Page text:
Swell in the winter is almost always near/moderate fetch trade-wind-driven waves. The Trades blow a near constant 10-15 knots (or more), so often times surfable wave conditions also have "onshore" wind and chop It’s a rare day to have super glassy conditions - although it does happen. The biggest sets we ever see are 6-8 feet. Normally they are 4 feet high.
Also, because of the reef the wave is very consistent; it’s common to have a 4-6 foot face on the initial drop. Rides of 50 yards are possible on good days when it’s connecting. This is a very uncrowded break, so except for having to share with our other guests, you can catch all the waves you want!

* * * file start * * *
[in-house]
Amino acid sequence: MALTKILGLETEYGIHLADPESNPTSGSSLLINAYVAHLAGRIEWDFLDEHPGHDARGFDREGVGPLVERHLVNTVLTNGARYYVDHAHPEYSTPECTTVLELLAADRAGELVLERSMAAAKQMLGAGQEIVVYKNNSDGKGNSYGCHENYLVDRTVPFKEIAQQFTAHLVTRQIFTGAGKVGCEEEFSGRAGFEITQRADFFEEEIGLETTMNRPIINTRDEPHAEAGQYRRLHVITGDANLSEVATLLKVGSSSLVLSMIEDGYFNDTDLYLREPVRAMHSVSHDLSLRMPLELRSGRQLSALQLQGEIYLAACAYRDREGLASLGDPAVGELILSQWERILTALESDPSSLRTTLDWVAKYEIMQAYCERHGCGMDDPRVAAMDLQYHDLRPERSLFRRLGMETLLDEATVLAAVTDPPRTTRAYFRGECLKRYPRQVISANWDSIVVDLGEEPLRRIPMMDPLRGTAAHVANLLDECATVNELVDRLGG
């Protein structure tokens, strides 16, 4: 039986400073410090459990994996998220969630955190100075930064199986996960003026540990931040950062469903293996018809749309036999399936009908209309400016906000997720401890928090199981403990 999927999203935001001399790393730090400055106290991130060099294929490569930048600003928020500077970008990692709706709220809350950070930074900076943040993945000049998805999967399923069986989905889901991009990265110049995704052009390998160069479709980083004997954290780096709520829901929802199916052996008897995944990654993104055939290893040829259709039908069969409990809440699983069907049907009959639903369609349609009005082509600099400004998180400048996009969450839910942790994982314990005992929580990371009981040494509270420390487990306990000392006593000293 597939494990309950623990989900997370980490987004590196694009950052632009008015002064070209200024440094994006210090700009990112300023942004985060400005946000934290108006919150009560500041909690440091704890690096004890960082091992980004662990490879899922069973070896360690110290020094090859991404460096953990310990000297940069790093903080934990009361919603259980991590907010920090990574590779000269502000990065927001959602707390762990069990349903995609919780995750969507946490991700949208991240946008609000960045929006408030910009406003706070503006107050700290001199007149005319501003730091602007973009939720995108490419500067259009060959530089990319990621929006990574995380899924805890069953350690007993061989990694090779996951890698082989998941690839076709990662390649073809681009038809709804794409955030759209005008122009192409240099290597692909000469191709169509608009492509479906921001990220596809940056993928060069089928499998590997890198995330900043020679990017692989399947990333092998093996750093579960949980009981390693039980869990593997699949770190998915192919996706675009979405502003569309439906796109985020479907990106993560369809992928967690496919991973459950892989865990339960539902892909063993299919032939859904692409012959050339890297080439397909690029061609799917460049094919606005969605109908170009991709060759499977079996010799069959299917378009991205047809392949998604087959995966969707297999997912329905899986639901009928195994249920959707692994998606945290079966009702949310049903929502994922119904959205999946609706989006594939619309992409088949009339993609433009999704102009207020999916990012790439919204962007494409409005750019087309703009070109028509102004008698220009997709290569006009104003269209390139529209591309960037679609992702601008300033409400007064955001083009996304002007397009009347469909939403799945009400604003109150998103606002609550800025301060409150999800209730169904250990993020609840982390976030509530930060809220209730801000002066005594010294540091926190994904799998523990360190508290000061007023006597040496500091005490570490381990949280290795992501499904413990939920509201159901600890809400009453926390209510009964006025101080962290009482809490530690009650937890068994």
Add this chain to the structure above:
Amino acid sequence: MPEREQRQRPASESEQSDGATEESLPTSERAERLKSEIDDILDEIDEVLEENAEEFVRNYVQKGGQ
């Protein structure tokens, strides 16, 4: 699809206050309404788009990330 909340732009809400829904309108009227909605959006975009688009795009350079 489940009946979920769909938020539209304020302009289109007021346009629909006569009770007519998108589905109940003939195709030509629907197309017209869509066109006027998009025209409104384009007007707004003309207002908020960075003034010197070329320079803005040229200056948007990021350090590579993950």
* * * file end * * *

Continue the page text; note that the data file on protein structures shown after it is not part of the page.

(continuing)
You can see our surf break in the photo at left.
Perched on the brink of the continental shelf, our island base of Long Caye lies on the slender coral ring of Glover's Reef, an atoll 35 miles offshore from Dangriga, in the middle of the Caribbean Sea. We’ve made sure our entire Water Sports Center blends into the undeveloped, natural atmosphere of this tropical island, unspoiled by the modern world.
Glover's Reef wind and waves Looking for wind or wave information for our island? Follow the link above to a satellite buoy station with wind and wave information, located 31 miles WNW of our island, right in the area where we cross the Blue on our way to Glover's Reef.
Questions? Send us an email: firstname.lastname@example.org or call (800) 390-5715